Philips plans to cut costs by 500 million euros and start a stock repurchase program

[High-tech LED News] Philips in the Netherlands recently announced that the company's second-quarter EBITA (earnings before interest, tax and amortization) fell to 370 million euros, after reducing the value of some assets, the company's net loss for the quarter was 1.34 billion euros , the biggest loss in nearly a decade.

Philips said it was due to high acquisitions in the medical and lighting sectors, rising raw material costs, falling consumer confidence, and a reduction in the budget for medical equipment due to construction and government market budgets. It is expected that short-term performance is difficult to improve, so it plans to cut another 500 million euros (about 703 million US dollars) to increase the 2013 profit margin.

Philips CEO Frans van Houten pointed out that the company's second-quarter results were affected by short-term operational challenges, weak market and high write-down costs, and the cost-cutting plan will accelerate Philips' recovery after 100 days of performance. .

Marriott also announced a 2 billion euro stock repurchase program and reduced the value of medical and lighting assets. Due to competition from low-cost companies in Asia, the company is facing a decline in demand and earnings in the lighting and basic consumer electronics markets.

Philips plans to update its 2015 performance targets in October this year in response to the restructuring of the TV business. By 2013, Philips' sales are expected to grow by 4% to 6%, and EBITA's profit margin will reach 12% by then.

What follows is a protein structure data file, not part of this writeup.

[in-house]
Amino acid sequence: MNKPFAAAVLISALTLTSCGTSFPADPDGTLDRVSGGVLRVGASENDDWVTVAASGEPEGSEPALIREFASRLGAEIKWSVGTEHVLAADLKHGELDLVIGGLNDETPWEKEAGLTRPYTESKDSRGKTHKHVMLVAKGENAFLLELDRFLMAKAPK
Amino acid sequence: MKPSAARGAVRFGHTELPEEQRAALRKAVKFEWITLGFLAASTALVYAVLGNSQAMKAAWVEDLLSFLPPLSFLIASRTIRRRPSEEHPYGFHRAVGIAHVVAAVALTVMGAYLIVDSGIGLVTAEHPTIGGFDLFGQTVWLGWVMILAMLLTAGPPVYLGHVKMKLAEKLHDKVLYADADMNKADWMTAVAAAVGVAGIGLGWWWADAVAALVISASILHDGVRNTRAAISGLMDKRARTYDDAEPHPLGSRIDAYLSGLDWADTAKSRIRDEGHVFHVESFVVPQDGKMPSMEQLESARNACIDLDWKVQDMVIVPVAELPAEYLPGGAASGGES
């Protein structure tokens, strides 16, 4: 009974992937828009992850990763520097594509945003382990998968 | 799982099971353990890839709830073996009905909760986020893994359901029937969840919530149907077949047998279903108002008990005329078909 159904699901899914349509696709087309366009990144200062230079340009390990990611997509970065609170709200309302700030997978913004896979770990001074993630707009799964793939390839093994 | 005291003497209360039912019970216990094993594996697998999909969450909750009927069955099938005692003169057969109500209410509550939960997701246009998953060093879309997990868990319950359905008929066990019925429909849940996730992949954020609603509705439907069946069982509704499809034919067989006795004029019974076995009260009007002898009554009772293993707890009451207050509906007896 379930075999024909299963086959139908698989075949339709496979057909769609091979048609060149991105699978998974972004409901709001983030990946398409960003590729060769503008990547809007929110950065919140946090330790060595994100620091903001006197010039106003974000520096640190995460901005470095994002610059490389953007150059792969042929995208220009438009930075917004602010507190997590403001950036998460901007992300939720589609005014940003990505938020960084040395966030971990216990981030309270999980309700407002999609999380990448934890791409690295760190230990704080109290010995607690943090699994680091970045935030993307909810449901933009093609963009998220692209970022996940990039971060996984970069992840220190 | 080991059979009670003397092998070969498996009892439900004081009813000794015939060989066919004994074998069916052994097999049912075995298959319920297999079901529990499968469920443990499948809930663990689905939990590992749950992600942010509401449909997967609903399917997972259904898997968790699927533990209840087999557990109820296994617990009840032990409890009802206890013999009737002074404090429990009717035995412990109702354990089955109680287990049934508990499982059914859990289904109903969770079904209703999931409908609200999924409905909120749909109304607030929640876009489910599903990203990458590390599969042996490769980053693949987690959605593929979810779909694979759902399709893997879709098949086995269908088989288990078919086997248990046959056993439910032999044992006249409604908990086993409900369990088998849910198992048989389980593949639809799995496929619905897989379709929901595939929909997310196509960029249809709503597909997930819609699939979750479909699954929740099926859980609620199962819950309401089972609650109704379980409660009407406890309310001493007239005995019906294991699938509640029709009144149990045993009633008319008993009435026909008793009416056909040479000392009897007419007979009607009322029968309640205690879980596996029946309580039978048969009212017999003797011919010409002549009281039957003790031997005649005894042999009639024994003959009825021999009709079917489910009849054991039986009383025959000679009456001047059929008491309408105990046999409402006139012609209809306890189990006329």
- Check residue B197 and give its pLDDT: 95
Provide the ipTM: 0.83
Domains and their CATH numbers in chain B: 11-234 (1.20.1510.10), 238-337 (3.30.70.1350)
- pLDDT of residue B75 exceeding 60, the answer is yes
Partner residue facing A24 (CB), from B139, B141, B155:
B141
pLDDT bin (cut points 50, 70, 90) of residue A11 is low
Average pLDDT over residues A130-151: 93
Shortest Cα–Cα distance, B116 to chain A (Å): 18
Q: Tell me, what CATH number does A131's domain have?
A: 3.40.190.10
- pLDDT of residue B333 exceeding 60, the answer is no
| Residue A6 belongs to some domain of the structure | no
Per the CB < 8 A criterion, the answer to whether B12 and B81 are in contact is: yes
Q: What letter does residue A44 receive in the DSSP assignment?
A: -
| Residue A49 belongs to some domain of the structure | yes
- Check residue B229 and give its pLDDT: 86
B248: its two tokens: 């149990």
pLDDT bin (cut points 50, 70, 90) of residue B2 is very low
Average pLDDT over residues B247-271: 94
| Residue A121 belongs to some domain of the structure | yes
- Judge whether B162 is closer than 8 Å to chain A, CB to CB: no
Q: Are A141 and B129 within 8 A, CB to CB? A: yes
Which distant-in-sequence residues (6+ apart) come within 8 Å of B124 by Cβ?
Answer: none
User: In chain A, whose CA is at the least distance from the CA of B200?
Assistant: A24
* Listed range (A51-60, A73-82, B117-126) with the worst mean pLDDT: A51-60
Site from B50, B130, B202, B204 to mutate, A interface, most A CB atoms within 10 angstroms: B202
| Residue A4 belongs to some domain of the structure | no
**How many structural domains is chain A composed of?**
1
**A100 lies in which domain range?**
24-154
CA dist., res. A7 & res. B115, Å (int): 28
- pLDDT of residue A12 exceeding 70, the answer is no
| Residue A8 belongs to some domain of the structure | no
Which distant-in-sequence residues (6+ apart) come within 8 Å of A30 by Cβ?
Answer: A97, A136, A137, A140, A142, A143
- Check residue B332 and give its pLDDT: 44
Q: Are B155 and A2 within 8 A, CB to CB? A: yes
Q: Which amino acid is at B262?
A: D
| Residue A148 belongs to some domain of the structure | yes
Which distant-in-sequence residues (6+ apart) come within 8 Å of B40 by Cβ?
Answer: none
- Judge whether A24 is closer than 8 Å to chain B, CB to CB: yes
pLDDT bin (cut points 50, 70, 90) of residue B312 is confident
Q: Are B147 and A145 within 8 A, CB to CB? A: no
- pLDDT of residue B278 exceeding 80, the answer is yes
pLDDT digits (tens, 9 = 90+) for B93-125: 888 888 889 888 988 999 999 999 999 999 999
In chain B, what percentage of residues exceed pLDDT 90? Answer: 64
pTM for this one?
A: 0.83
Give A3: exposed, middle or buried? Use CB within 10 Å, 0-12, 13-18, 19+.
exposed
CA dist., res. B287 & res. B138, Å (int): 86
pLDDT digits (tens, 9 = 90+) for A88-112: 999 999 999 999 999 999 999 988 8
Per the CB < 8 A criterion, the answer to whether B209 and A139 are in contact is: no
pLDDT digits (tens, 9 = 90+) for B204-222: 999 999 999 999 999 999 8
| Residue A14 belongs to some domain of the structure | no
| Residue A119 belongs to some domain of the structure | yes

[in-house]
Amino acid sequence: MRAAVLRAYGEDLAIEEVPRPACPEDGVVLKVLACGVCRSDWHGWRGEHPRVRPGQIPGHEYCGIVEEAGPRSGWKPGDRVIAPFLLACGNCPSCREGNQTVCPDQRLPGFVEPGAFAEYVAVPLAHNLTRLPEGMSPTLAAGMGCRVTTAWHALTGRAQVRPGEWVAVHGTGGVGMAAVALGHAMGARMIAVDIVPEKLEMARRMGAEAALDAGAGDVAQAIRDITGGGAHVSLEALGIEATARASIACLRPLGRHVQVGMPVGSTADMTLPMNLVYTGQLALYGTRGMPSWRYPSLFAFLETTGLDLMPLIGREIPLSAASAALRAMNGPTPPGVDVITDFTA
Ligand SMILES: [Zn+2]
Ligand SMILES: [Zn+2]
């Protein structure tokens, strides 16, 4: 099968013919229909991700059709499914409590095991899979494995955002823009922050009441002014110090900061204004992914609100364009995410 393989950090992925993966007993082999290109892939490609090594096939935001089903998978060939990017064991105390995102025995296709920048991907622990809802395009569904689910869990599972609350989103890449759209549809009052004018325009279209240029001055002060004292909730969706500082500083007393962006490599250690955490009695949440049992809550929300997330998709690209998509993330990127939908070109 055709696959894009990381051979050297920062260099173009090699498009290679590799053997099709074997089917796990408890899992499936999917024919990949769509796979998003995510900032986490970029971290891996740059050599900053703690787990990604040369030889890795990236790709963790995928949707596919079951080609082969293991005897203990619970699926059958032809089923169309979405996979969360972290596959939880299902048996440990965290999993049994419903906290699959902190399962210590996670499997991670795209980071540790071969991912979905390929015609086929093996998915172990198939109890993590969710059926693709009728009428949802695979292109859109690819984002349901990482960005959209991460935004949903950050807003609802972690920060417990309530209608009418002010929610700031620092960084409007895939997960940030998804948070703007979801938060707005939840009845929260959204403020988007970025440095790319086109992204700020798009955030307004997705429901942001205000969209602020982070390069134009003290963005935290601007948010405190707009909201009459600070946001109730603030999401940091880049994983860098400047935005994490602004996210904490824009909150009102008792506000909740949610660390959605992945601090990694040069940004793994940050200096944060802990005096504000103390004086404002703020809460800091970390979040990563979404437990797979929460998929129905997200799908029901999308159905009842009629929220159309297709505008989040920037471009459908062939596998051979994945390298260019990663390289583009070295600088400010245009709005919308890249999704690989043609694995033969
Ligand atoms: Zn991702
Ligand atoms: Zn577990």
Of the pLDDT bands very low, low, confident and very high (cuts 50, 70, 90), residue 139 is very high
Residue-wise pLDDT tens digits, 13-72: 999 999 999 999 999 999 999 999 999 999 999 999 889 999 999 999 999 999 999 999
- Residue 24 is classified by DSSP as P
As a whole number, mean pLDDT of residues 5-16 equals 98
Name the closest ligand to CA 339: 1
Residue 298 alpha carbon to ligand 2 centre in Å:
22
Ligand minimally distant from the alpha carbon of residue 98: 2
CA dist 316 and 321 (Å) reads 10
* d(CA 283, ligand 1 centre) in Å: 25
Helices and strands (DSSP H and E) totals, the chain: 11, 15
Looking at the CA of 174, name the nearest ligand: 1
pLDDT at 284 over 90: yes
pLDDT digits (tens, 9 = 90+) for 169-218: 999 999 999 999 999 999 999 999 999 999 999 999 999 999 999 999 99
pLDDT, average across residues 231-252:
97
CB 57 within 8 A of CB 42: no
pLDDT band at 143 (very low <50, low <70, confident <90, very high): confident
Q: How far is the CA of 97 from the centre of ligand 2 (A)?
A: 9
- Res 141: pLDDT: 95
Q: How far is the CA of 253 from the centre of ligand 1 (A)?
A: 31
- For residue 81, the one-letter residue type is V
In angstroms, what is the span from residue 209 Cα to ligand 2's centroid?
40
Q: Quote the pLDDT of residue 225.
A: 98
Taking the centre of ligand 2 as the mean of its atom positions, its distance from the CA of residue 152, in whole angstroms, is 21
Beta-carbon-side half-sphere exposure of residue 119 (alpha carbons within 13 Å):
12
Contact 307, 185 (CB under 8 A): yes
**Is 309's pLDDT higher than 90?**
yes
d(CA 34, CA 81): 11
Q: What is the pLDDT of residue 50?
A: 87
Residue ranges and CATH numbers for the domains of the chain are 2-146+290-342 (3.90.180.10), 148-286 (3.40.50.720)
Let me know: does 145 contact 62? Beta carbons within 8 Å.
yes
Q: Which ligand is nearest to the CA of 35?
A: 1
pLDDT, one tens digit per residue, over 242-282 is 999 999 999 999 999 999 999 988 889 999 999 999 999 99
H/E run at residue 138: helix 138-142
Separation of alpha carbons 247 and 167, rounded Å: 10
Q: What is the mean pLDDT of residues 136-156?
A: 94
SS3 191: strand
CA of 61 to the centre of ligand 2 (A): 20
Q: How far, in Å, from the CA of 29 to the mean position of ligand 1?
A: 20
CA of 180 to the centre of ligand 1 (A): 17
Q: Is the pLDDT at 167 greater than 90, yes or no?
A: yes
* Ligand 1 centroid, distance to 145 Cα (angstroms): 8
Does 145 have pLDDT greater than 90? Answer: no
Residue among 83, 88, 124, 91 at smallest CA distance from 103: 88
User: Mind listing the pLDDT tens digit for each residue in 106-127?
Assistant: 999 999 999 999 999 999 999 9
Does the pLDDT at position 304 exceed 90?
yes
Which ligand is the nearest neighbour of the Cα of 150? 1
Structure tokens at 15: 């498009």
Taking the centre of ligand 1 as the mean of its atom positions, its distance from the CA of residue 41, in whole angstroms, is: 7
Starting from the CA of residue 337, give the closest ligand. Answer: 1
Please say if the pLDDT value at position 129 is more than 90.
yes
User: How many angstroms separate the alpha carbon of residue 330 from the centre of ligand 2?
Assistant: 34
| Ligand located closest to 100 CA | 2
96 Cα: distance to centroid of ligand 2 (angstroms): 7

Since Marriott’s appointment as CEO in April this year, Philips’ share price has fallen by 20% and its market value has shrunk to €17.5 billion. The share price of Siemens, which competes in the lighting market, has not changed much this year.

An analyst at the French securities firm believes that the latest cost reduction targets may not trigger a stock price rebound. But investors may wait for the results of the third quarter and reflect the latest financial goals of the TV business.

Marriott wants to make up for $200 million in additional expenses with an additional cost-compression program that is related to consumption and R&D. The company expects costs associated with restructuring and acquisitions in the third quarter to reach 30 million euros.

Philips will transform its TV business into a 70%-owned company owned by Hong Kong TPV Technology, emulating industrial giants such as Siemens to reduce investment in consumer electronics. The company's competitor Toshiba announced last week that it will transfer LCD TV factories in North America and Mexico to Compal Computer in Taiwan.

As the financial crisis has weighed on product demand, Philips has laid off 6,000 people to deal with the decline in profit margins. However, the company did not clearly disclose whether the cost reduction plan included layoffs.

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